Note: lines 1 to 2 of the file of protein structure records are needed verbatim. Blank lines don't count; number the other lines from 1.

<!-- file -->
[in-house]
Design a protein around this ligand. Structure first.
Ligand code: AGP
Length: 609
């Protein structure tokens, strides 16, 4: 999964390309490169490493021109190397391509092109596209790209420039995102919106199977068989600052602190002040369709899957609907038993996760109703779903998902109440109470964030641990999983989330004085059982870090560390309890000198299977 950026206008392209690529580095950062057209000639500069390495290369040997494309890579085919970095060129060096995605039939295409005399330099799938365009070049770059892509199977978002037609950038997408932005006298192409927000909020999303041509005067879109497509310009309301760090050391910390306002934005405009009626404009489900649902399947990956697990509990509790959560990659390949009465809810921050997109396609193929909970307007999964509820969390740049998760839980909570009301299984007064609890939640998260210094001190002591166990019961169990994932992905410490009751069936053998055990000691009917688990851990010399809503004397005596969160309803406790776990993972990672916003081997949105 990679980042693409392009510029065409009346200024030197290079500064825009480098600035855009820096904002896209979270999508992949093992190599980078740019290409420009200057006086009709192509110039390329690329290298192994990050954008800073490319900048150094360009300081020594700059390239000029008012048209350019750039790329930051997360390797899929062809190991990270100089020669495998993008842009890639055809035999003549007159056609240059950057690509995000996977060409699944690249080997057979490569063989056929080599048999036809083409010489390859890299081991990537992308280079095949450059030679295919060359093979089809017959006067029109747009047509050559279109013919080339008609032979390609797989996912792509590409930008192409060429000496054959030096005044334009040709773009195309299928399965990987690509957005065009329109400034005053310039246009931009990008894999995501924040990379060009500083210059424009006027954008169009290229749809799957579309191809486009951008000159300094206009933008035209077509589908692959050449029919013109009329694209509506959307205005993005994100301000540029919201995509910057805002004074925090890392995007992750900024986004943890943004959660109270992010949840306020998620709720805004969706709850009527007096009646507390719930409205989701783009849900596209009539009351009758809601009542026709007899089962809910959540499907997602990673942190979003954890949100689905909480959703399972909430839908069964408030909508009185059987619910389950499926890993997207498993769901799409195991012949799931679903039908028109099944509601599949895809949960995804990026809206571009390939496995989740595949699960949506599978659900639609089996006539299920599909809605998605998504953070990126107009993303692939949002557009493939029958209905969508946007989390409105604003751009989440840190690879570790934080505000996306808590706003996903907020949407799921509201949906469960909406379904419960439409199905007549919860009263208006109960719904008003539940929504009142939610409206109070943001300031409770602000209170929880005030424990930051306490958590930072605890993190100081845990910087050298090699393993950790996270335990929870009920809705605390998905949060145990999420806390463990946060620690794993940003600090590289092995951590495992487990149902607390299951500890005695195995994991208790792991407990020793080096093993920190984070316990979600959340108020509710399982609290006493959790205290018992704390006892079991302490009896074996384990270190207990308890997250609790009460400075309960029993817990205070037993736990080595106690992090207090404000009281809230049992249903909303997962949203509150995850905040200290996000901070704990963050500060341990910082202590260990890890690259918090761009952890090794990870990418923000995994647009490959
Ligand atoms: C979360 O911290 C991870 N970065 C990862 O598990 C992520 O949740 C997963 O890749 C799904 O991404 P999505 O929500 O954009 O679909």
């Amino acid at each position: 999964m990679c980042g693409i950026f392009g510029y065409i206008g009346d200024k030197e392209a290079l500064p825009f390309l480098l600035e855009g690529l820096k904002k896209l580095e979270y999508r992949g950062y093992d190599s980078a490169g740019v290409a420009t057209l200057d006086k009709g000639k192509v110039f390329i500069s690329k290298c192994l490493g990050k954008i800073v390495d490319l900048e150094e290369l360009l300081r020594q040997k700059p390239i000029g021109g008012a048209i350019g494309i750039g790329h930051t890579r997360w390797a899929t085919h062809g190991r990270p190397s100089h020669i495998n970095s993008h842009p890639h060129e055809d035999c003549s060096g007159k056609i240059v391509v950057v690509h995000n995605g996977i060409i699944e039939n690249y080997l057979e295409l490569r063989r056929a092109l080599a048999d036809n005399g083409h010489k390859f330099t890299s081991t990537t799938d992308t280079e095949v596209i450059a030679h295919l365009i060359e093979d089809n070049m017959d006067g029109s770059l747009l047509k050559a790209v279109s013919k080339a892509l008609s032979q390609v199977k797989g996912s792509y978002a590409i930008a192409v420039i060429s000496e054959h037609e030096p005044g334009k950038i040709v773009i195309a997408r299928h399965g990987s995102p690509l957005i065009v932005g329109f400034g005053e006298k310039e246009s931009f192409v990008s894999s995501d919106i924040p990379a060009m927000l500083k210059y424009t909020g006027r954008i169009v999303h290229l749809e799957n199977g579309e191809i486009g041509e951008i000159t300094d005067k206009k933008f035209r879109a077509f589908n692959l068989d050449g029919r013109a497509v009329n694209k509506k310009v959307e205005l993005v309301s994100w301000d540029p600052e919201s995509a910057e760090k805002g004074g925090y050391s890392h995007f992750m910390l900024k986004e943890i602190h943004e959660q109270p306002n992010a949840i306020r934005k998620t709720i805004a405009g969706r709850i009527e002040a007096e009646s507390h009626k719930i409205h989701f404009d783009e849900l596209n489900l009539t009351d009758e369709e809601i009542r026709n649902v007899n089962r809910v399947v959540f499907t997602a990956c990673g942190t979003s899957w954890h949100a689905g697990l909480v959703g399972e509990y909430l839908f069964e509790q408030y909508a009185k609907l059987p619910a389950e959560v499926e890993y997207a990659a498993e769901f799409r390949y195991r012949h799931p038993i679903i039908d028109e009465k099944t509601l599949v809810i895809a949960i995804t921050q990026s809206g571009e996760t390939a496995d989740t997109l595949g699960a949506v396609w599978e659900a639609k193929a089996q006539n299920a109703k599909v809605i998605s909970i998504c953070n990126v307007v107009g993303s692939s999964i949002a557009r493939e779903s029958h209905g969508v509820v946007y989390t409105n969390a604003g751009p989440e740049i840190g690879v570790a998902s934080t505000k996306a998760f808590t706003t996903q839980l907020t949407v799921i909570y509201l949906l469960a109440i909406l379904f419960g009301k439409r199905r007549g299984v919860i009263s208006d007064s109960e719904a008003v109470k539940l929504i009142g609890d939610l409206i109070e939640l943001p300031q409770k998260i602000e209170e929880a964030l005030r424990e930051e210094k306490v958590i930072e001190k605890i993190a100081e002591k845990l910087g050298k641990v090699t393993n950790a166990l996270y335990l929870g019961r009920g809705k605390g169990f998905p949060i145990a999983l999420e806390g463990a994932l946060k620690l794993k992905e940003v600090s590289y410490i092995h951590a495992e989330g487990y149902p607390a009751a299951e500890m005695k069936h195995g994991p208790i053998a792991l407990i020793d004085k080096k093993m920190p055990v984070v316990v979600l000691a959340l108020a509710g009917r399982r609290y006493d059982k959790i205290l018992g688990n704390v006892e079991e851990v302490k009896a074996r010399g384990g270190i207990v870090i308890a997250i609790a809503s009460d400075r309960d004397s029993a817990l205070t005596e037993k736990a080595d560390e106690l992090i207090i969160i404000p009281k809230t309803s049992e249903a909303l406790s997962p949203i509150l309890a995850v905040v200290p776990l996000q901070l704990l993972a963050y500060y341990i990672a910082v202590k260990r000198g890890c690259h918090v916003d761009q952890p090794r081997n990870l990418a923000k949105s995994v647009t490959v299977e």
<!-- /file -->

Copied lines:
[in-house]
Design a protein around this ligand. Structure first.